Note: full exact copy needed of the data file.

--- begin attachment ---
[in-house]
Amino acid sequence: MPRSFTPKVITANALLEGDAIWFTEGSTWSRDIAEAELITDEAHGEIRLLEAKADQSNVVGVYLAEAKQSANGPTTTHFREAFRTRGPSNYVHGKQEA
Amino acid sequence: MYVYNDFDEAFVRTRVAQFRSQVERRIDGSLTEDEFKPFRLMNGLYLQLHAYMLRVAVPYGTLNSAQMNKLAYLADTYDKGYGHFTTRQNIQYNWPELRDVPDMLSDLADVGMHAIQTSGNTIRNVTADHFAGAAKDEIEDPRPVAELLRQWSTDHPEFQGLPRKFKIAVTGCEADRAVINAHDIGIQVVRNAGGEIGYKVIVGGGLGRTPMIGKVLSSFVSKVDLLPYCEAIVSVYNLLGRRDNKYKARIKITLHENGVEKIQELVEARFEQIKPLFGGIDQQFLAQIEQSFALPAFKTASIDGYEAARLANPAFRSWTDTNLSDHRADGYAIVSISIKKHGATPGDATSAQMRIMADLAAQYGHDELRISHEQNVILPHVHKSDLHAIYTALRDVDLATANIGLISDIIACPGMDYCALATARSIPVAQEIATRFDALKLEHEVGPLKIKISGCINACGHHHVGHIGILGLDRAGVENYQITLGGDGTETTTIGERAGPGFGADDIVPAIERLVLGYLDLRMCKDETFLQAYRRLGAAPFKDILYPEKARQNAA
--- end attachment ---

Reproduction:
[in-house]
Amino acid sequence: MPRSFTPKVITANALLEGDAIWFTEGSTWSRDIAEAELITDEAHGEIRLLEAKADQSNVVGVYLAEAKQSANGPTTTHFREAFRTRGPSNYVHGKQEA
Amino acid sequence: MYVYNDFDEAFVRTRVAQFRSQVERRIDGSLTEDEFKPFRLMNGLYLQLHAYMLRVAVPYGTLNSAQMNKLAYLADTYDKGYGHFTTRQNIQYNWPELRDVPDMLSDLADVGMHAIQTSGNTIRNVTADHFAGAAKDEIEDPRPVAELLRQWSTDHPEFQGLPRKFKIAVTGCEADRAVINAHDIGIQVVRNAGGEIGYKVIVGGGLGRTPMIGKVLSSFVSKVDLLPYCEAIVSVYNLLGRRDNKYKARIKITLHENGVEKIQELVEARFEQIKPLFGGIDQQFLAQIEQSFALPAFKTASIDGYEAARLANPAFRSWTDTNLSDHRADGYAIVSISIKKHGATPGDATSAQMRIMADLAAQYGHDELRISHEQNVILPHVHKSDLHAIYTALRDVDLATANIGLISDIIACPGMDYCALATARSIPVAQEIATRFDALKLEHEVGPLKIKISGCINACGHHHVGHIGILGLDRAGVENYQITLGGDGTETTTIGERAGPGFGADDIVPAIERLVLGYLDLRMCKDETFLQAYRRLGAAPFKDILYPEKARQNAA